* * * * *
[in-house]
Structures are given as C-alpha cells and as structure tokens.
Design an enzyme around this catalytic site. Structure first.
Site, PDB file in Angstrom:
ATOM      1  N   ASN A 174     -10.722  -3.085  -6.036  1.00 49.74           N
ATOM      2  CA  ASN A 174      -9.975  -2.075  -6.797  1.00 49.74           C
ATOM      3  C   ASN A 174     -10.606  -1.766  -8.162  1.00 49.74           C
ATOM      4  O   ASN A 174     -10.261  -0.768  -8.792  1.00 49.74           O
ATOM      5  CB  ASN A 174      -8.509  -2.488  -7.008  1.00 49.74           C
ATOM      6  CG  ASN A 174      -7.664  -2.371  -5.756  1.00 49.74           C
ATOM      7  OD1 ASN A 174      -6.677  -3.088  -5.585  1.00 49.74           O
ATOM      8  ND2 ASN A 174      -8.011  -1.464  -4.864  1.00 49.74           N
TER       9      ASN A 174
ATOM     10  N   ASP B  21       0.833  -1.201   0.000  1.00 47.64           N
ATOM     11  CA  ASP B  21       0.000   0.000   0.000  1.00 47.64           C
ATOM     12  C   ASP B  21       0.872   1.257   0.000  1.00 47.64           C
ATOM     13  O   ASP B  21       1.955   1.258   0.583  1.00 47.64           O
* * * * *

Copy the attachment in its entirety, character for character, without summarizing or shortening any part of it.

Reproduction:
[in-house]
Structures are given as C-alpha cells and as structure tokens.
Design an enzyme around this catalytic site. Structure first.
Site, PDB file in Angstrom:
ATOM      1  N   ASN A 174     -10.722  -3.085  -6.036  1.00 49.74           N
ATOM      2  CA  ASN A 174      -9.975  -2.075  -6.797  1.00 49.74           C
ATOM      3  C   ASN A 174     -10.606  -1.766  -8.162  1.00 49.74           C
ATOM      4  O   ASN A 174     -10.261  -0.768  -8.792  1.00 49.74           O
ATOM      5  CB  ASN A 174      -8.509  -2.488  -7.008  1.00 49.74           C
ATOM      6  CG  ASN A 174      -7.664  -2.371  -5.756  1.00 49.74           C
ATOM      7  OD1 ASN A 174      -6.677  -3.088  -5.585  1.00 49.74           O
ATOM      8  ND2 ASN A 174      -8.011  -1.464  -4.864  1.00 49.74           N
TER       9      ASN A 174
ATOM     10  N   ASP B  21       0.833  -1.201   0.000  1.00 47.64           N
ATOM     11  CA  ASP B  21       0.000   0.000   0.000  1.00 47.64           C
ATOM     12  C   ASP B  21       0.872   1.257   0.000  1.00 47.64           C
ATOM     13  O   ASP B  21       1.955   1.258   0.583  1.00 47.64           O